After four (or five, or six) years of work towards a college degree, most students are very anxious to walk across the stage, grab their diploma, and be on their way into the working world. But many students must complete one final thing before walking that stage: the capstone course.
What is a Capstone Course?
A capstone course can have a variety of names, depending on where you go to school. A capstone might be called a culmination project, senior thesis, or a final exhibition. Don’t be confused—under any name, the capstone is just a final assignment to help you synthesize and demonstrate what you’ve learned through your studies.
Capstone courses vary in form depending on your major. If you’re an English major, you may have to write a long paper interpreting multiple pieces of literature. If you’re a design major, you may have to put together a show exhibiting theoretical magazines. If you’re an engineering major, you may be asked to put together a project to illustrate how a certain building or bridge could be built in a structurally sound way. The capstone course is intended to apply all of the knowledge and skills you’ve gained over a college career in one assignment.
A capstone course is not always a paper, though a paper is often a piece of it. Art students may put on exhibitions of their work, while other students will have to pass an oral examination, defend their thesis to a group of professors, or complete a book. A capstone is often multifaceted, meaning there’s a presentation or performance, a paper, and research that all come together to make the complete project.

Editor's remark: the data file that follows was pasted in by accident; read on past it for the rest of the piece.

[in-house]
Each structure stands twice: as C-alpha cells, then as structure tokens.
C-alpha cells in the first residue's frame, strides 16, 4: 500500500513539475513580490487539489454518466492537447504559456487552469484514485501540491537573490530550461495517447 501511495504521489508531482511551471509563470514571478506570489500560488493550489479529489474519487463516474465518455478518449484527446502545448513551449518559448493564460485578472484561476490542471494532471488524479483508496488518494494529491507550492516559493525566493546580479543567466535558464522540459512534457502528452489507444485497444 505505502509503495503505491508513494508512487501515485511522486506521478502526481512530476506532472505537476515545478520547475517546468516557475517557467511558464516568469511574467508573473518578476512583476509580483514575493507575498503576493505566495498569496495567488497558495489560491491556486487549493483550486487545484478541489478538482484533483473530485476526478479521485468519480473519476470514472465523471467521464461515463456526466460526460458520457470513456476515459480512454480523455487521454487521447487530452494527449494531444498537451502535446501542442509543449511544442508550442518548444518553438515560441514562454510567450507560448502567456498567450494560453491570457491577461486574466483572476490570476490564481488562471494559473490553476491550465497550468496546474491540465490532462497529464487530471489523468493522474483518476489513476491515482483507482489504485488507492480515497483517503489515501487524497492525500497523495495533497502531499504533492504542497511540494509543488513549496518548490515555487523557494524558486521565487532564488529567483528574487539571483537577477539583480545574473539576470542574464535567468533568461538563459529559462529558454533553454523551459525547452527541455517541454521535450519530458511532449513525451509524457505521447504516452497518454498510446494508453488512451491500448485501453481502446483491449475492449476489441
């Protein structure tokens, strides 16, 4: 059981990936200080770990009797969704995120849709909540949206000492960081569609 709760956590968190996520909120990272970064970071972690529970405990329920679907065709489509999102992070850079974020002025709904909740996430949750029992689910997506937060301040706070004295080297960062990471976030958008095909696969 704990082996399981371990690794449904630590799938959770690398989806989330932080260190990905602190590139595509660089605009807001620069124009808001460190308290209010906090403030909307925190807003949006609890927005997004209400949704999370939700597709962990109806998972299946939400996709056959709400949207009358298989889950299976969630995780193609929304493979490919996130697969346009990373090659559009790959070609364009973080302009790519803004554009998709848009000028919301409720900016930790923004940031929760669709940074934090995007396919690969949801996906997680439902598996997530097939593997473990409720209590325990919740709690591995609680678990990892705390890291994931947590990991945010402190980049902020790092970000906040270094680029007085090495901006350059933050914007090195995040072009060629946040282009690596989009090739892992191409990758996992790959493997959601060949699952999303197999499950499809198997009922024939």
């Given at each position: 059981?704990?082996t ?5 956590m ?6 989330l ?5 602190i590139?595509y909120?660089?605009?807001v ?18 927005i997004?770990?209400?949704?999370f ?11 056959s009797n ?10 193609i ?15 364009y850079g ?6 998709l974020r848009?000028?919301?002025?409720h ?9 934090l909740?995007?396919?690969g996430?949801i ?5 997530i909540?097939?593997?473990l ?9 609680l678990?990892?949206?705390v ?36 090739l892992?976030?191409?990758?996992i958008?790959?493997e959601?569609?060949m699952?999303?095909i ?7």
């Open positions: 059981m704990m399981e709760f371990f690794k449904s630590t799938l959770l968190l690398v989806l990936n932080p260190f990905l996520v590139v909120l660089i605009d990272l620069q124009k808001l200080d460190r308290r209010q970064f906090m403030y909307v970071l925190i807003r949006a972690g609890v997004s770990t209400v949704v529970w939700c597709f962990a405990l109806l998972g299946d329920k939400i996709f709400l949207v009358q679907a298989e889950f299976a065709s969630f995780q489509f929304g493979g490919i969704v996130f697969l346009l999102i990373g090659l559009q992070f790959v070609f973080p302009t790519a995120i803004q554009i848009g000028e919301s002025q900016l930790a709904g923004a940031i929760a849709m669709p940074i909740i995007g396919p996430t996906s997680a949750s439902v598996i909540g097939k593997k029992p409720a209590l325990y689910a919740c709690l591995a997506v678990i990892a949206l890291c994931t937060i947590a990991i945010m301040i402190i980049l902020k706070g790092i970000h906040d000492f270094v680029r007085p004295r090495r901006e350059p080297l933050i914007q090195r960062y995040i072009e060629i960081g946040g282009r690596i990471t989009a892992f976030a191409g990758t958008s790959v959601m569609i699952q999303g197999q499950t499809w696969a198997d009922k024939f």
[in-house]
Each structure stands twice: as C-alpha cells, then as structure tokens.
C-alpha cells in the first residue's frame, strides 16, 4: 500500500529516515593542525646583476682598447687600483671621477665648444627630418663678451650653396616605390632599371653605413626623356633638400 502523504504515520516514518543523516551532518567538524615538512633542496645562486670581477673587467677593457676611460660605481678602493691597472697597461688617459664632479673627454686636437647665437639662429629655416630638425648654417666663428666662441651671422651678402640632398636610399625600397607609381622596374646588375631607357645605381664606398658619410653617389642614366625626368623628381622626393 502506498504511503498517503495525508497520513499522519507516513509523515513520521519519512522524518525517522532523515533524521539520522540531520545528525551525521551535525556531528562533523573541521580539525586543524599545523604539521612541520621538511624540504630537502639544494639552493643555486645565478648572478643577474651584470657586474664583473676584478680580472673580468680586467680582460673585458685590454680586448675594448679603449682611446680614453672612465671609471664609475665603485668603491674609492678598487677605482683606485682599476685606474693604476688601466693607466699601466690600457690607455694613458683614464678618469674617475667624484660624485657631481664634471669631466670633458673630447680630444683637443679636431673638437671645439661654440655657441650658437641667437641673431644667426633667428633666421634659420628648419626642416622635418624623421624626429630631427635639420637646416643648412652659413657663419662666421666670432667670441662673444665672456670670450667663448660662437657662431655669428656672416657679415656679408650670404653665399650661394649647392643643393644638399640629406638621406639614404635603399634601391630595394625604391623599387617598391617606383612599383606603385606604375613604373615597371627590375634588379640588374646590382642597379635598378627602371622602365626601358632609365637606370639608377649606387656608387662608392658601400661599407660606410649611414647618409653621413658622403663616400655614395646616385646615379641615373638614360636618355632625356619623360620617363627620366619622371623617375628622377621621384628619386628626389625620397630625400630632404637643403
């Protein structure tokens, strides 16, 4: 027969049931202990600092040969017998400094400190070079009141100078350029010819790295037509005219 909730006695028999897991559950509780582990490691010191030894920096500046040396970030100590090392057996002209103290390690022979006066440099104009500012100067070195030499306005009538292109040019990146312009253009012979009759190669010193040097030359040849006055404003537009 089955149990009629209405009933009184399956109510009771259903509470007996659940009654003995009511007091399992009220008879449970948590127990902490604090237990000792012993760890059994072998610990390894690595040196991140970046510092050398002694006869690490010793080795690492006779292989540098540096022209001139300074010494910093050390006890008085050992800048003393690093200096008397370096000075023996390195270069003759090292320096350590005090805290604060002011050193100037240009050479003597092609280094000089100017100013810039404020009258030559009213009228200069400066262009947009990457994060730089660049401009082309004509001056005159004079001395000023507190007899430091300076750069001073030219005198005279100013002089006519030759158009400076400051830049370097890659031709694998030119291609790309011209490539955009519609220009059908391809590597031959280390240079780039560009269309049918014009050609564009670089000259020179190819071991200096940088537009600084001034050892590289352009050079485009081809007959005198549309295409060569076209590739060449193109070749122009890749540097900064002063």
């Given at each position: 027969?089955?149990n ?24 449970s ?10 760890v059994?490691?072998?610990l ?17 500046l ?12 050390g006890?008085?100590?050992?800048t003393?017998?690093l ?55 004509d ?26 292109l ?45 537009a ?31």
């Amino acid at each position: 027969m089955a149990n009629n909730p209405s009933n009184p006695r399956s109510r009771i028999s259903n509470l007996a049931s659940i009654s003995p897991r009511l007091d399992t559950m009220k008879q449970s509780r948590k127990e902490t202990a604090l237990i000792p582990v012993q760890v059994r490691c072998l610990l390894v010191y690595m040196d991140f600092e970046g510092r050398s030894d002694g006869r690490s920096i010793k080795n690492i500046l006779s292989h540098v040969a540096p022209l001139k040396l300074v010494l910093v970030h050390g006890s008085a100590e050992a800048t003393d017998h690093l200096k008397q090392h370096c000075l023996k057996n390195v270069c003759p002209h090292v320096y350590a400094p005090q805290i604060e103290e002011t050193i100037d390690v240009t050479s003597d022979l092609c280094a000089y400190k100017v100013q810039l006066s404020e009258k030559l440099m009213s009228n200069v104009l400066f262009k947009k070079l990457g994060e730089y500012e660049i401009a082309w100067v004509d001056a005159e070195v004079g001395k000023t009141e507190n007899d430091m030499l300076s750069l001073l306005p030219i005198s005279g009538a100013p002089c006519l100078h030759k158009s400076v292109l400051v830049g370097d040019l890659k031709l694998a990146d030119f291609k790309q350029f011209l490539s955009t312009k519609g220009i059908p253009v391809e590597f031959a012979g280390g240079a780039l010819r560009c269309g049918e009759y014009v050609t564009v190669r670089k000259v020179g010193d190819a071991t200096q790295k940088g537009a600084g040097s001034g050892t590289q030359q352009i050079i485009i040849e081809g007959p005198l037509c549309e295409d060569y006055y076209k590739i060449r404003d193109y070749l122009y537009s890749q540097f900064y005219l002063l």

Don’t be overwhelmed by the scale of the projects described. Most students spend an entire semester putting together their capstone and completing the necessary research.
Why a Capstone Course?
You may be asking yourself, “Why is the capstone necessary? It sounds like a lot of work.” Though daunting, most students find that the capstone is the most rewarding college project. Here’s a few reasons why the capstone course is important:
- Improves confidence and self-perception: Your capstone will not only help your professors see how much you’ve learned and accomplished—it will also prove your potential to yourself. Looking back upon a project that took you months of hard work and dedication is rewarding, and will help you realize how much you are capable of.
- Increases rigor of senior year: Some colleges use a capstone course to increase the rigor of the final year. Some students are able to finish their difficult classes by their junior year, bringing a cloud of senioritis and laziness in that final year. A capstone increases the stakes, helping students focus their energy towards a final project and the continuation of learning.
- Hones skills: As you apply skills and knowledge to a self-driven project, you are able to learn what you don’t know and ask questions before entering the professional world. The capstone is a safe, guided space to finish learning.
- Builds your résumé: Your degree is a stamp of approval from the college that you’re knowledgeable in a certain area of study, and your internships show professionalism and real-world experience. But your capstone shows motivation, drive, planning, and application of knowledge and skills. A capstone on your résumé is proof to future employers that you have the skills you say that you do.
- Demonstrates learning and knowledge: Most people have a moment during their careers when they are asked a question and think, “I took a class on that, but I have no idea what the answer is.” Just because you go to class doesn’t mean you learned something. A capstone allows you to apply the knowledge you have gained through college, so you’ll be able to answer those tough questions in the real world.
Now that you’ve got a grasp on what a capstone course is, we want to hear your thoughts. Do you have any other questions about capstones? Is there another way you would rather complete a culminating experience? Feel free to comment below!